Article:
Many of you reading this have switched away from smoking traditional combustible cigarettes thanks to vaping, and cigarette manufacturers are feeling the pinch.
Citigroup analyst Adam Spielman recently downgraded shares of Altria, the parent company of Philip Morris International (PMI), from “buy” to “neutral” following a weak earnings report.
The result? A 16 per cent drop in share prices for the Marlboro manufacturer, which Altria called their “worst day in a decade”.
CNBC Mad Money host Jim Cramer stated that “we saw the market’s sudden recognition that the cigarette industry seems to be in serious trouble, disrupted by the rise of vaping”.
Over the course of three short days, the tobacco stocks were bent, they were spindled and they were mutilated by the realization that electronic cigarettes have become a serious threat to the old-school cigarette makers.
The cigarette industry has been falling year-on-year in sales volume for some time now, but in a very predictable manner. Generally the volume sales of cigarettes fall between 3 to 4 per cent each year, which is offset by manufacturers with a price hike.
In a report released on February 6th of this year, PMI noted a sales volume decrease of 7.6 per cent in the final quarter of 2017, leading to a decrease in revenue of 4.1 per cent. Other leading companies also saw dramatic drops in total volumes sold.
|Company||Volume Drop||Price Increase||Revenue Drop|
|Philip Morris International||– 7.6%||+ 4.0%||– 4.1%|
|British American Tobacco||– 3.7%||+ 6.2%||+ 4.5%|
|Imperial Brands||– 4.6%||+ 2.7%||– 2.0%|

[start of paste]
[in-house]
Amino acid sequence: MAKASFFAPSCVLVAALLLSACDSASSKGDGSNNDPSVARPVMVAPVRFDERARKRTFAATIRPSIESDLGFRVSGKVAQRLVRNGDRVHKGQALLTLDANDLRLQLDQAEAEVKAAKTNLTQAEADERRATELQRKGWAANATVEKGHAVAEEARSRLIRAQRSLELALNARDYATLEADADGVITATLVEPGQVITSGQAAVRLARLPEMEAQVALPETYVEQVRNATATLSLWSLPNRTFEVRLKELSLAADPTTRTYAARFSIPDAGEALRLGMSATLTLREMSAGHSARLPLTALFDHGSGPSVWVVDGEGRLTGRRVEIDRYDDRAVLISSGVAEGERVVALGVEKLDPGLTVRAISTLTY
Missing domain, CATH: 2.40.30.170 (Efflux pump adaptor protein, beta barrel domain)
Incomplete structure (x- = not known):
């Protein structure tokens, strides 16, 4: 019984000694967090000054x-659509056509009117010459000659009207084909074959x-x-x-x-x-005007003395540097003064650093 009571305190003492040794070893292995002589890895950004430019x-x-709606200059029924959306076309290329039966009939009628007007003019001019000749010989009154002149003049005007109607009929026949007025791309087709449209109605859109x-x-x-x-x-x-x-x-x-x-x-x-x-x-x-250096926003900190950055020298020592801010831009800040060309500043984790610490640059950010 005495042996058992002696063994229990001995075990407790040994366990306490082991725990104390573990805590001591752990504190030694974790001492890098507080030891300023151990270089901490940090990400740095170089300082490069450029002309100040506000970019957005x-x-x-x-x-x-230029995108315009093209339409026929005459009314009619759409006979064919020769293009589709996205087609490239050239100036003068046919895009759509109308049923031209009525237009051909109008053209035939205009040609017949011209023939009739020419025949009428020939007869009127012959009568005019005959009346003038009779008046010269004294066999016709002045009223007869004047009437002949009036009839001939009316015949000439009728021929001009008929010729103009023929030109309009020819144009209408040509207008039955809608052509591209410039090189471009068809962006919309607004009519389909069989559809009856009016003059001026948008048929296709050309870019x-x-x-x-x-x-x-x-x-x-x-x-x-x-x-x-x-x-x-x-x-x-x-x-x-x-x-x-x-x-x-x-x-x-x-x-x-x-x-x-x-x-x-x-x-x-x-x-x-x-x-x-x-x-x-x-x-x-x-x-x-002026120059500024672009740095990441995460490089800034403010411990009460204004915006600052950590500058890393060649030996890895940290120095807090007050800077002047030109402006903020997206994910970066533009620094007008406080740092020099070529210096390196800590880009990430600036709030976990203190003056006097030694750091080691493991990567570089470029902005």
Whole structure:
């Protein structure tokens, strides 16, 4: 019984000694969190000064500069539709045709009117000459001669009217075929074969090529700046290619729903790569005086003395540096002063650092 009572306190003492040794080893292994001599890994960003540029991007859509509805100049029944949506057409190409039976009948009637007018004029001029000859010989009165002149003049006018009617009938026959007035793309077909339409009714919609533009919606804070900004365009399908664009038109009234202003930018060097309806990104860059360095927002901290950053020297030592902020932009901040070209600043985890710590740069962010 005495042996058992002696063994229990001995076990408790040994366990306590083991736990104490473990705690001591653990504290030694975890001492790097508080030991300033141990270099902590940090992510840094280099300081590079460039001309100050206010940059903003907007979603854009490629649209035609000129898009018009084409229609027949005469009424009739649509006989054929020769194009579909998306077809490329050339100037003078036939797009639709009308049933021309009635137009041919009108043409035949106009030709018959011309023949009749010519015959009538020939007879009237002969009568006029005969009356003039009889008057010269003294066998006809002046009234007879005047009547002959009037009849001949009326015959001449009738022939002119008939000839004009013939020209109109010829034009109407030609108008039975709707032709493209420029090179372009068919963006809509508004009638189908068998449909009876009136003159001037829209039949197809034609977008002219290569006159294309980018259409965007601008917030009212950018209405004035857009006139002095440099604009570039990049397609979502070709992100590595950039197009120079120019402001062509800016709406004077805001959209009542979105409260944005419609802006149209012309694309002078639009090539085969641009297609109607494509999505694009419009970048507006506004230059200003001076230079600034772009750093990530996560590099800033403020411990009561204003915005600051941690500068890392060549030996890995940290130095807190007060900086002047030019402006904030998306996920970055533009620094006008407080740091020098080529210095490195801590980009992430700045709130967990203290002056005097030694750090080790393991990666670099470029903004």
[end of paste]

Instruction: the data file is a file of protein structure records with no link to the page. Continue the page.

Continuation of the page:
Remember that 3 to 4 per cent figure? That’s annual. PMI’s 7.6 per cent drop was in a single quarter, and it led directly to Citigroup’s stock downgrade and their worst day ever.
Wells Fargo Securities estimated in 2013 that sales of electronic cigarettes would surpass traditional cigarettes in 2022, but this recent news could accelerate that.
In the same period that PMI lost 7.6 per cent of their sales volume, revenue from the sales of traditional manufacturer-made electronic cigarettes rose an astonishing 97 per cent. This was led by JUUL, who own a 49.6 per cent market share in the United States, but does not include sales from the Chinese manufacturers that are popular in vape shops (Smok, Innokin, Aspire, Wismec, etc.).
Talking regionally, Australia had the biggest drop for PMI at 18.3 per cent. Eastern Europe was down more than ten per cent, and the European Union was down 6.7 per cent. The only gain was made in South and Southeast Asia, up 6.1 per cent. When one-third of worldwide cigarette sales are made in China, that’s not difficult to understand.
CNBC’s Jim Cramer doesn’t think the carnage is over, either.
“Last week investors realised, practically overnight, that the tobacco industry is facing an existential threat from its vaporiser competitors,” he said.
“And while the group got obliterated last week, I think it could even have more downside.”